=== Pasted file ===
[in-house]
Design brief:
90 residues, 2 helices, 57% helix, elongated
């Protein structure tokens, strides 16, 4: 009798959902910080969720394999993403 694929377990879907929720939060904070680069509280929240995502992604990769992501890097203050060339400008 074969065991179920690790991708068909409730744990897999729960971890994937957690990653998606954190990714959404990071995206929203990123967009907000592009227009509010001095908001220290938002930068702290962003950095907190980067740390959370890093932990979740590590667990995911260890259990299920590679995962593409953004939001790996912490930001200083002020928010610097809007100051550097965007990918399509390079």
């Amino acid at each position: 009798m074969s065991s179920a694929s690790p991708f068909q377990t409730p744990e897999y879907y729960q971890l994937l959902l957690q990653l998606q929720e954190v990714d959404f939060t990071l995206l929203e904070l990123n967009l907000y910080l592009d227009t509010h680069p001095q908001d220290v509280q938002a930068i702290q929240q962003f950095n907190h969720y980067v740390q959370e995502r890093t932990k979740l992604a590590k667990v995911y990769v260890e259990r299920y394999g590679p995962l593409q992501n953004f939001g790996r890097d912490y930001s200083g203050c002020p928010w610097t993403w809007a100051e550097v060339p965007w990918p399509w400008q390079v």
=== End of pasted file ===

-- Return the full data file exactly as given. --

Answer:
[in-house]
Design brief:
90 residues, 2 helices, 57% helix, elongated
């Protein structure tokens, strides 16, 4: 009798959902910080969720394999993403 694929377990879907929720939060904070680069509280929240995502992604990769992501890097203050060339400008 074969065991179920690790991708068909409730744990897999729960971890994937957690990653998606954190990714959404990071995206929203990123967009907000592009227009509010001095908001220290938002930068702290962003950095907190980067740390959370890093932990979740590590667990995911260890259990299920590679995962593409953004939001790996912490930001200083002020928010610097809007100051550097965007990918399509390079």
């Amino acid at each position: 009798m074969s065991s179920a694929s690790p991708f068909q377990t409730p744990e897999y879907y729960q971890l994937l959902l957690q990653l998606q929720e954190v990714d959404f939060t990071l995206l929203e904070l990123n967009l907000y910080l592009d227009t509010h680069p001095q908001d220290v509280q938002a930068i702290q929240q962003f950095n907190h969720y980067v740390q959370e995502r890093t932990k979740l992604a590590k667990v995911y990769v260890e259990r299920y394999g590679p995962l593409q992501n953004f939001g790996r890097d912490y930001s200083g203050c002020p928010w610097t993403w809007a100051e550097v060339p965007w990918p399509w400008q390079v």